• Jonas Emmertsen
    Jonas Emmertsen

    “Personally, I love using patterns. It’s hard to make a nice pattern, but when you reach something good it makes it so easy to do different surfaces and really give it a feeling of the brand. The downside with patterns can sometimes be if they are too detailed and over-used they can conflict with other parts of an identity, such as the typography. ”

    Read more... Get the issue...
  • Cristina Chiappini Studio
    Cristina Chiappini Studio

    “A good design is the one that feels so attentive to customer needs, suggesting solutions and sustainable changes, but also saying no to unrealistic demands. Good design is what shows care and respect to an audience. Good design is also dissent and irreverence that elicits positive or negative emotions. A result of good design can be like a good road sign that is very readable.”

    Read more... Get the issue...
  • NeSpoon
    NeSpoon

    Despite having a central lace motif, the Warsaw based artist exhibits her decorative designs as stencilled graffiti art, ceramics and concrete sculptures, in addition to physical thread installations that include macramé. NeSpoon's embellished lacework is integrated into both nature and urban environments, intending to add unique character and a sense of delicate beauty to all.

    Read more... Get the issue...
  • Drew Watts
    Drew Watts

    “My advice to those attempting to apply pattern to an identity design for the first time would be not to focus on simply creating a beautiful pattern. The use of pattern can be a powerful tool in delivering a message. Consider references to particular eras or regions. Also consider the emotional and cultural connotations associated with certain patterns.”

    Read more... Get the issue...
  • BVD
    BVD

    “At BVD we live and design by our core value – simplify to clarify. Therefore, it was important to create a clearness in the graphics, that would work as a compliment to the crowded fair. The work itself contains a lot of different shapes and patterns. However, the mix is precisely measured in every single detail.”

    Read more... Get the issue...
  • Atelier Olschinsky – Peter Olschinsky, Verena Weiss
    Atelier Olschinsky – Peter Olschinsky, Verena Weiss

    “Challenges are all about the right decisions to make. When you’re free to use everything, you still have to select carefully, because you just can’t have it all. Even in maximalism, less is sometimes more. Our aim is to create pieces that stand for themselves and last a little longer than current fashion trends. The really great thing about maximalism is that you can add much more emotion, fantasy and personal style to your work.”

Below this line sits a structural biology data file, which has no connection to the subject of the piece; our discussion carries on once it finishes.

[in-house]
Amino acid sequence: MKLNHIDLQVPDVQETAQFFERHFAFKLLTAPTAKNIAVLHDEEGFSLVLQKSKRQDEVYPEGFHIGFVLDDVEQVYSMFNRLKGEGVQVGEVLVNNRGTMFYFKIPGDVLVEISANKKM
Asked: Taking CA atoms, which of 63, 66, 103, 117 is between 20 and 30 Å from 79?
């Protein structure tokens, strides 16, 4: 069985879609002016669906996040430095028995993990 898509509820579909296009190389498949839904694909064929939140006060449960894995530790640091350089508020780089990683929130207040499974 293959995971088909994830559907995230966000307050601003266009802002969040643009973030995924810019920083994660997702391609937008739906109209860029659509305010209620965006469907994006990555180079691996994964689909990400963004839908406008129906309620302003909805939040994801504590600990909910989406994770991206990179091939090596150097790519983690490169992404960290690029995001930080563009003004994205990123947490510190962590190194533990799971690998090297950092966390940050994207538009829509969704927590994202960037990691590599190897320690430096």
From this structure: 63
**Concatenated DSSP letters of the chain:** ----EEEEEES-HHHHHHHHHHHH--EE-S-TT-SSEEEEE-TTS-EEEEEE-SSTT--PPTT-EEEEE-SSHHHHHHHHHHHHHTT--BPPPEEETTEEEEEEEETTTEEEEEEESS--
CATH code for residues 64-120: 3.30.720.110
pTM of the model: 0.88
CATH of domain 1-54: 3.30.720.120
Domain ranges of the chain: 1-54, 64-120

Read more... Get the issue...
  • Mark Gonyea
    Mark Gonyea

    One To One Hundred is as unconventional as it is restrained and systematic, the basic concept being simply to create something unique by combining graphic design and sequential numbers. The first poster in the series, Shapes, starts with a single black square for the opening panel and then divides it into two triangles for the second, three columns for the third and so on until reaching a 100 different shapes.

    Read more... Get the issue...
  • Letterproeftuin
    Letterproeftuin

    It started life as a one-week workshop where the trio collaborated with other designers in a self-built graphic laboratory. The success of this event led the team to go mobile and create a micro-printing factory called The Smallest Printing Company, an exclusive installation comprising a Viprotech silk-screen table and a scale model of the legendary Roco-Ets V50 printing press.

    Read more... Get the issue...
  • Irma Boom
    Irma Boom

    Irma Boom's latest innovation is a book commissioned by Chanel, the Parisian fashion house, for its Chanel No.5 perfume. The ink-less 300-page book is embossed with a drawing or a quotation on each of its crisp white pages that helps the story of Gabrielle Chanel unfold. The attention to detail in this book is astonishing – clean, understated and ephemeral, and yet somehow still totally engrossing.

    Read more... Get the issue...
  • Ribbonesia – Baku Maeda
    Ribbonesia – Baku Maeda

    “I do not consider myself a designer but as someone trying to create something that has never been seen before. That is tough because there is so much good work around the world being created every day, but searching for new solutions is the most important part of design and it is always fun.”

    Read more... Get the issue...
  • The Royal Studio
    The Royal Studio

    “Maximalism as a visual choice (meaning: a complex system) extends to the disco floor lights and the video mapping of the DJ; it can also bask in the playlist set to allow it to generate the promo items, web and activation sorcery: why not? The copy shouldn’t be left out — come on copywriters, step into the tune, you guys, rock! Easy wasn’t allowed to join in the equation: every platform is hard. The screen just came to the derby but the silky-oh screen print can make it too. Glamorous! Fun.”

    Read more... Get the issue...
  • Craig&Karl – Craig Redman and Karl Maier
    Craig&Karl – Craig Redman and Karl Maier

    “The design industry is all about multi-tasking, from designing to marketing to production… it’s important to be accomplished on all fronts. The more multi-faceted your operations are, the more accessible you become to a wide range of clients, and the more you are exposed to interesting projects that you may not have considered before.”

    Read more... Get the issue...

Newsletter

Subscribe to our monthly newsletter!

Back to Top